• U.S.

Eager Minds, Big Ears

3 minute read
Claudia Wallis

“Mom, what’s oral sex?” For my 11-year-old son, the steamy, sordid swamp currently engulfing the White House presented a ripe opportunity for sex education, as it has for so many American kids with big ears and eager minds. As a parent, I’ve always believed that a child curious and capable enough to frame a straightforward question deserves a straightforward answer. Gauging the depth and breadth of the answer is the tough part.

The definition I gave my son elicited a brief “Eeww,” followed by a thoughtful silence. About right, I figured. Infinitely more difficult is gauging what’s about right on this topic for readers of TIME FOR KIDS, which goes to 1.7 million schoolchildren. While other journalists rushed feverishly to cover this too-juicy story, my staff and I weighed the pros and cons of ignoring it entirely.

Since our magazine circulates in elementary schools, where it is used to teach current events, we consulted with educators. “Don’t go there,” they said with frightening unanimity. A principal in Dallas reminded me that in many school districts, teachers need permission from parents if they are going to raise the subject of sex in class. “Teachers can lose their jobs over this kind of thing,” she warned.

As the first week of the scandal came to a close, we decided to stick with a cover story on the Pope in Cuba. Teachers thanked us via E-mail. Only one child wrote in requesting the story (“We all know about it, and would be excited if you wrote about it in the next issue”).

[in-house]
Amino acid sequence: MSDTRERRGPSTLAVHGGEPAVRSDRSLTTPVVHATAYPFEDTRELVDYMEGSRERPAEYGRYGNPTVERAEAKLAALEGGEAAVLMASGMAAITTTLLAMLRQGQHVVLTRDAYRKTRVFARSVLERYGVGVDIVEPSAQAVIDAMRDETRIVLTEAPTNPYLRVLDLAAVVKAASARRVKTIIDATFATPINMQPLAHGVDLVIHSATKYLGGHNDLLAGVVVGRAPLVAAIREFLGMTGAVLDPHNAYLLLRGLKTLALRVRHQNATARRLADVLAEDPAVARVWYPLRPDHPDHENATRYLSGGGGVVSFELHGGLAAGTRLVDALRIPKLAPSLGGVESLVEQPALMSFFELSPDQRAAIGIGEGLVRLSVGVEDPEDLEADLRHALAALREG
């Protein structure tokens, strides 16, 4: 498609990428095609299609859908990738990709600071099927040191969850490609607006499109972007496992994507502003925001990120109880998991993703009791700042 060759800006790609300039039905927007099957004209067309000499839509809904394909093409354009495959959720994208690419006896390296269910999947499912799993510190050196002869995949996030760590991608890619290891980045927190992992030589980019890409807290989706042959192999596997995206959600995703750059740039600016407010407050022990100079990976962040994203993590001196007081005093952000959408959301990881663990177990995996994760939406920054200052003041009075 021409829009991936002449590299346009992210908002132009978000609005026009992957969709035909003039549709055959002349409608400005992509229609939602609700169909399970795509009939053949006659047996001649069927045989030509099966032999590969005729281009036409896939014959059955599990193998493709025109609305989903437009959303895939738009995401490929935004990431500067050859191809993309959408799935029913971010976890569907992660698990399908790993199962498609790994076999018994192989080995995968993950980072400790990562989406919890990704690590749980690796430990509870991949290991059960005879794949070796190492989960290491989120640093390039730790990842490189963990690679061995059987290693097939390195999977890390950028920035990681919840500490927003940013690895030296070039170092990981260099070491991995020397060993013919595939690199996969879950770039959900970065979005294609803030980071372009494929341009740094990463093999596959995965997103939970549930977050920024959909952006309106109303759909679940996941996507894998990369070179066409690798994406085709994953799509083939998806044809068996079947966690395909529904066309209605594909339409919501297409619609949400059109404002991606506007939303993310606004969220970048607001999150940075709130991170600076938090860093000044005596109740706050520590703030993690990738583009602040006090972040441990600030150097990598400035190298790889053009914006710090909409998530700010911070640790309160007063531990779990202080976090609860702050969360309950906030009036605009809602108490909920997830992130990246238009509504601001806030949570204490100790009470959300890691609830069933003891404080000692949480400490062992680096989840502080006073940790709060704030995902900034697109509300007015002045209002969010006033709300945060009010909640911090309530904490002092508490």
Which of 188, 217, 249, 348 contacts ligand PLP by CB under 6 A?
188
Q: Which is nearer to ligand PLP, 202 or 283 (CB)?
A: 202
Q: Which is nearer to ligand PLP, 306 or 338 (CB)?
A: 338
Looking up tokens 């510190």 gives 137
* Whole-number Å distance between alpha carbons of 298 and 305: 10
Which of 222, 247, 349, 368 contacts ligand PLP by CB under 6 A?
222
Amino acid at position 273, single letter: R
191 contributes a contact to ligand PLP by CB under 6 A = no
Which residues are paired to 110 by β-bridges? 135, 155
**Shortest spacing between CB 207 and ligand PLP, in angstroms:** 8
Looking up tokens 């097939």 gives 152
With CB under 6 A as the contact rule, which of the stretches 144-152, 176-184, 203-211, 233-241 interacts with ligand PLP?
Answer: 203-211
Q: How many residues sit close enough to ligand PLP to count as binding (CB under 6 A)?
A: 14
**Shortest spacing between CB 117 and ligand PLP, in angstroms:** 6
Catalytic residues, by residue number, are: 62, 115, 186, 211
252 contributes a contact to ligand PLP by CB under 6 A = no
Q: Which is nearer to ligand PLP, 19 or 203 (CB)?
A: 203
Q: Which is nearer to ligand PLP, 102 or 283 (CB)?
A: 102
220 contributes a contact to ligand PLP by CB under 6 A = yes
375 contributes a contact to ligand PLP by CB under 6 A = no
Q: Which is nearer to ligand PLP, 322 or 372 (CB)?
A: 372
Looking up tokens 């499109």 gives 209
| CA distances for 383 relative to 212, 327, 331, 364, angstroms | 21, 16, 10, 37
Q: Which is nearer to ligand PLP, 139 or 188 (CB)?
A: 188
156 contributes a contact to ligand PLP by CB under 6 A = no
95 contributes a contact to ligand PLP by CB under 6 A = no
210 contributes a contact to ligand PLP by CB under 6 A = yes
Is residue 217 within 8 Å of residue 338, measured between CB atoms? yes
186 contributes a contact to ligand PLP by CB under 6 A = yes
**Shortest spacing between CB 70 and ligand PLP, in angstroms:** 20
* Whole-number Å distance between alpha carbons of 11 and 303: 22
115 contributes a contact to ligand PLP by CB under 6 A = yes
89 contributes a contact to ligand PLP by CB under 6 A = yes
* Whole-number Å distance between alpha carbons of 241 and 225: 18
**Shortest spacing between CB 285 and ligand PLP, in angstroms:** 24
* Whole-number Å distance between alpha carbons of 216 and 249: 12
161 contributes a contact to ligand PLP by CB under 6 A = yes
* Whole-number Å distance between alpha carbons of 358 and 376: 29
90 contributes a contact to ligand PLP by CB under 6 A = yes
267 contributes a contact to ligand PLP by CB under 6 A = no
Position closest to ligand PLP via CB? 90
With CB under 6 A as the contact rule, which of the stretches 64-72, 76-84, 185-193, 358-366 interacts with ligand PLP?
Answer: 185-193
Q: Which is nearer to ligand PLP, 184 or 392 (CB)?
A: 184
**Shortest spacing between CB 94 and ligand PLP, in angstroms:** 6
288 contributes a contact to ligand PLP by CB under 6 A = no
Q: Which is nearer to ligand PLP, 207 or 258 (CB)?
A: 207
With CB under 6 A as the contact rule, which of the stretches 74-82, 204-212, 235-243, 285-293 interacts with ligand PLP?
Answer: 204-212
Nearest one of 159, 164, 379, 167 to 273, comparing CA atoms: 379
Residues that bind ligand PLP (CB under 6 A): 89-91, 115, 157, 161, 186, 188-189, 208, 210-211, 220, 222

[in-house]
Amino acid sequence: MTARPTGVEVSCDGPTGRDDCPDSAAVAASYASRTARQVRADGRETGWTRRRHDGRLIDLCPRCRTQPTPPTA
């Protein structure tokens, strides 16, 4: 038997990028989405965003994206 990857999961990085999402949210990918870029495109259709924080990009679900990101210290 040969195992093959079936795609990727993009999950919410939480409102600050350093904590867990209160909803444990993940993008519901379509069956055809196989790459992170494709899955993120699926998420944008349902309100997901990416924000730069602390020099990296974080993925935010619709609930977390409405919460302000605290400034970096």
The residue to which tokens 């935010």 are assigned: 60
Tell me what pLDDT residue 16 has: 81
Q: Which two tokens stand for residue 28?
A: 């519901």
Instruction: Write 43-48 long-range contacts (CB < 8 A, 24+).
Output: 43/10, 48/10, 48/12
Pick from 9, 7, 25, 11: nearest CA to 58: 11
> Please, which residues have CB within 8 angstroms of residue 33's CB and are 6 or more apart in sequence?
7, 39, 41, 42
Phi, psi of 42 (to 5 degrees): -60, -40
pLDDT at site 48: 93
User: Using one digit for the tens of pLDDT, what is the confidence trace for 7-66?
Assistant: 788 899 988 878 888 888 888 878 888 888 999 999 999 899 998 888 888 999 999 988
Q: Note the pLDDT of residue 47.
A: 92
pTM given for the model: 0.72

By Week Two, the scandal was harder to ignore. Surely by now many of our readers had begun to wonder, “Who is Monica, and what did the President do with her?” Others may have been puzzled by their parents’ hanging on to the President’s boring old speech on Tuesday night.

We scheduled a cover story on that boring old speech. Teachers appreciate this kind of civics lesson. Then, cautiously, we framed a “Presidential Problems” sidebar. Question No. 1: How to describe the President’s alleged liaison? We decided to say the married President was accused of having a “girlfriend”–a word as innocent or suggestive as a child makes it out to be. Words we wanted to avoid: adultery, affair and, of course, sex. Who knows how long it would take a teacher to regain control of giggling fourth-graders after that three-letter bomb exploded in class?

Picture of Monica? No. The facts are not yet known, and a photo was just too concrete. Besides, kids would get into distracting discussions of whether or not Lewinsky was pretty.

Making the speech the big story seemed right, putting Clinton in the role that makes kids comfortable: leader, shaper of America’s future. “There are very few heroes for kids today,” points out Marissa Rosoff, a child-welfare and attendance specialist for the Burbank, Calif., public schools. “What’s sad about this mess,” she says, “is that kids like Bill Clinton: he’s young, he likes Big Macs, he’s got a dog.”

Is he now lost as a hero? Can a good President be a bad role model? These are the kinds of questions we hope our young readers will debate.

Claudia Wallis is the founding editor of TIME FOR KIDS.

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